Jasmine: This book was the perfect accompaniment to the play kitchen, and it isn’t even ours! Steffy accidentally left it behind after a play date. What I like is that the foods mentioned aren’t the typical ones e.g. apple, banana but more unusual ones. We also use it to get ideas for suitable, wholesome baby foods! The illustrations are rendered in great autumnal tones instead of the typical primary color schemes associated with kids’ books and all kids’ items in general.
And just throwing in a food-related picture for good measure- Dylan eating his banana himself!
Sensory Basket 3: Mother’s Day
Jasmine: Before I talk about the contents of this basket, we’ve noticed that Dylan has been displaying affection to stuffed toys and pictures of people. For example, he will rub noses with or hug this big bear of his Ee Ee’s, or pat his smelly penguin while we pat him to sleep.
Jasmine:I’ve been reading up about the importance of doll play (yes, even for boys!) and how it’s crucial in reinforcing desired social skills and compassion in children. (Andrew: I thought you were going to throw up another ‘reference’ again.) Expressing care is something that boys especially seem to be acculturated out of as they grow up, with a society that stereotypes even boys and their toys as modes for action and aggression. Yet I would say that that ability to connect with other humans and show affection is so sorely lacking in our boys and men today. Thus, I had the idea to do a Mother’s Day sensory basket which would encourage affectionate behaviours!
What’s in it:
- A stuffed penguin
- Dylan’s baby shoe (we lost the other side in Taipei)
- A hairbrush
- A silk scarf
- Two soft books
Unlike our other sensory baskets, I deliberately tried to use softer textures. The items in the basket are to encourage pretend play, which goes very well with the other book that I will be showing you later.
- Are You My Mother by R.D. Eastman, a 1970s classic of seeking and finding a sense of belonging.
- Baby’s Day Out by Karen Katz, about the typical activities in a baby’s day, from waking up, eating, playing on a swing (hence my inclusion of the baby shoe in the sensory basket) to finally winding down for bedtime.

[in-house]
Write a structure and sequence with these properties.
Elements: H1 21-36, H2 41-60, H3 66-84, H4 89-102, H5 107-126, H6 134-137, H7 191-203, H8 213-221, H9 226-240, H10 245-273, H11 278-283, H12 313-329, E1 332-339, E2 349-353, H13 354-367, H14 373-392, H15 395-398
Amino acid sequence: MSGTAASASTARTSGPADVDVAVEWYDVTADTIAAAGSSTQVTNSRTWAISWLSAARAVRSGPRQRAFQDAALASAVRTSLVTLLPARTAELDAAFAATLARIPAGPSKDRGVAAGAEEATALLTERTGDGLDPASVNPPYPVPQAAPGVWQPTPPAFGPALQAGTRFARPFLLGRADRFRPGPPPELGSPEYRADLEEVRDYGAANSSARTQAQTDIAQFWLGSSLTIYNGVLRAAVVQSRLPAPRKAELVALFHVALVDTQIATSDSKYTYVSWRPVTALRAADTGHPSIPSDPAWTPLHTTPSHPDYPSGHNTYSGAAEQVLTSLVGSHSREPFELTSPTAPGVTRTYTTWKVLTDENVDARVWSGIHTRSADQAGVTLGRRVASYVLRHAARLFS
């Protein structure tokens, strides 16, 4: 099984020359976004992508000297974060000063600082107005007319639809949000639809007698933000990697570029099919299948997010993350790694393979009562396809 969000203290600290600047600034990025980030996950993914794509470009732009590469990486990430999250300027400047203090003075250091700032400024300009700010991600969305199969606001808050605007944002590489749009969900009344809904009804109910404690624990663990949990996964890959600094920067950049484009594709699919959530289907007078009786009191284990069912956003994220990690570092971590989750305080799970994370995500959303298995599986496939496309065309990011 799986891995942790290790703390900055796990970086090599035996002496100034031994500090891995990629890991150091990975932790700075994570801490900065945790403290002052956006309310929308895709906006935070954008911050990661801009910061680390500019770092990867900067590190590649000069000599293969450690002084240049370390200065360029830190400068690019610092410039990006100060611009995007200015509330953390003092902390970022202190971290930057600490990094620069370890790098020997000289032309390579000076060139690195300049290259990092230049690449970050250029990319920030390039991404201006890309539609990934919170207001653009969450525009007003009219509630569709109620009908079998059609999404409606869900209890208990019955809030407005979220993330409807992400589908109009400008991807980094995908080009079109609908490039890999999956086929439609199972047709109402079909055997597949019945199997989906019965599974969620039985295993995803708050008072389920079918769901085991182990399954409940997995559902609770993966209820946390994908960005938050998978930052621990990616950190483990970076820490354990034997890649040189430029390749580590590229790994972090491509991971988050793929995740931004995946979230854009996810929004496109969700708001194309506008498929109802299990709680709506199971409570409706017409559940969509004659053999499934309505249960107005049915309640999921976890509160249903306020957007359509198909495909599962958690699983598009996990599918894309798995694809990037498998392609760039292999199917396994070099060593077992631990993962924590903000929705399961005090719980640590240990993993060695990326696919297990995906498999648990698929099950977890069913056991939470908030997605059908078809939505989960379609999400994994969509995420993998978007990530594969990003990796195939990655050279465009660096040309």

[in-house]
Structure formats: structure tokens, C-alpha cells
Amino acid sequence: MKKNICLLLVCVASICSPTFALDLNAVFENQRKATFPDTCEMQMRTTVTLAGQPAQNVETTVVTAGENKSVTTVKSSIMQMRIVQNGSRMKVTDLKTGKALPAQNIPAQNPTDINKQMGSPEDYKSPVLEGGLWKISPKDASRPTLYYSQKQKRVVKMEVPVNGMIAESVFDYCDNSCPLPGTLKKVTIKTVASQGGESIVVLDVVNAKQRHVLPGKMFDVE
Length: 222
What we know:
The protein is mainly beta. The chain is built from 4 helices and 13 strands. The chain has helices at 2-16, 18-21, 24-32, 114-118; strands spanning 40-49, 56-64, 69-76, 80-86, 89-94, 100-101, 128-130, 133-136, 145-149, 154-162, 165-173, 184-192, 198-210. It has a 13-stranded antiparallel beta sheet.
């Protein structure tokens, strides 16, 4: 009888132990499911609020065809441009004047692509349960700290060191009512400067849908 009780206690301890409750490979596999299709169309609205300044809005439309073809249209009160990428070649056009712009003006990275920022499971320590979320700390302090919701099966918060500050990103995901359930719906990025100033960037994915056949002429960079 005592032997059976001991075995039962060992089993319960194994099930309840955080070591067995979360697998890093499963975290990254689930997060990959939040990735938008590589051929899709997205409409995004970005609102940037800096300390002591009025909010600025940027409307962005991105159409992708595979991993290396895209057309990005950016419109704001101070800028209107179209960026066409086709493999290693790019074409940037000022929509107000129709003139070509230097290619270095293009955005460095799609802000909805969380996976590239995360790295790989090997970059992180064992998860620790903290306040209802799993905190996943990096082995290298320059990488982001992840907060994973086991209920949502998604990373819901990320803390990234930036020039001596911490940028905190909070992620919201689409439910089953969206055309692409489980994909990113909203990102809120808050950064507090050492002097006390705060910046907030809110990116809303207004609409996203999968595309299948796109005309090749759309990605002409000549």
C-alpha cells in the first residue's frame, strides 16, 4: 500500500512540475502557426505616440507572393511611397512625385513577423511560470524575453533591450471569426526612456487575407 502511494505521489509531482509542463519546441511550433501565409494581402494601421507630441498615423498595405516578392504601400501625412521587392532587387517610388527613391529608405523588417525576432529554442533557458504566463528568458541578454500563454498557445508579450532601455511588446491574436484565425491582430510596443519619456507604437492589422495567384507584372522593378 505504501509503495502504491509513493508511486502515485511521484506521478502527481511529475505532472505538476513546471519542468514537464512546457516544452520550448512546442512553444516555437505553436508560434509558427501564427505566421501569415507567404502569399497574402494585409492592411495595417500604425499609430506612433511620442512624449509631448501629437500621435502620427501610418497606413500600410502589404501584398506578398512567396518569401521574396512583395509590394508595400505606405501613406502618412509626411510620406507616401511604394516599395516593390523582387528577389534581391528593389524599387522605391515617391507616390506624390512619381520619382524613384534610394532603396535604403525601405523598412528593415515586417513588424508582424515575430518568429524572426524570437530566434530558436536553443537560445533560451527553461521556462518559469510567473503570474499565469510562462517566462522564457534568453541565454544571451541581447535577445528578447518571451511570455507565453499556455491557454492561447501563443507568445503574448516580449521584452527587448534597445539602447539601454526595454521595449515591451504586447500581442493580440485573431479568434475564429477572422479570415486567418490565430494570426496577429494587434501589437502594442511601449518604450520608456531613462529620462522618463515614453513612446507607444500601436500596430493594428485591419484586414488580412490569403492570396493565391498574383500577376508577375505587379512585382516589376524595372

Both books have a similar concept, as they include a stuffed character that the baby can move from page to page.
My personal favourite is Baby’s Day Out! The doll wears pyjamas and a sleepy look on one side, and training pants and wide-open eyes on the other.
Every page of the book has a little “pocket” that you can slide the Baby doll into to include him in the activities. This two-page spread always makes me swoon- after you “bathe” Baby (and comb his hair with the hairbrush that I threw in), you can towel him dry with the terry cloth on the next page!
We have been trying to set boundaries for Dylan in the area of physical contact, especially as he tends to hit or slap our faces when he gets too excited. (Andrew: Tell me about it – his default mode now is to hit faces or grab our specs violently.) We use the term “soft touch” to denote gentle patting, especially on people or fragile/ breakable items. Initially I thought “soft touch” was too abstract a term, and tried “one finger touch” at Dr Sear’s suggestion, but Dylan’s “one finger touch” involved jabbing everything with great force, including my eye, so “soft touch” quickly came back into fashion.
I have been practising “soft touch” with Dilly by modelling it on his penguin, showing him how to hug it and love it.
Dilly passing the penguin to me- he wants me to demonstrate “soft touch”
Now Dilly’s turn to love the penguin
Dylan is a naturally sweet-natured, loving baby, who loves to kiss me and lay his head on my shoulder when I say “how do you love Mummy?”. We hope that this sweetness will not be stamped out as he grows up in a culture which prizes male aggression.
Andrew: Yes, I intend to bring up my boy as a gentleman, who knows how to be firm, assertive yet without being crass and violent. He does have quite a few soft-toys, like another teddy bear which I got from my first year of teaching that says ‘Mr Chong’ on its pink shirt. I would never have thought it would end up being my son’s toy. Anyway, he does like to play with the teddy bear occasionally too, hugging it and dragging it around. He’s a really sweet boy!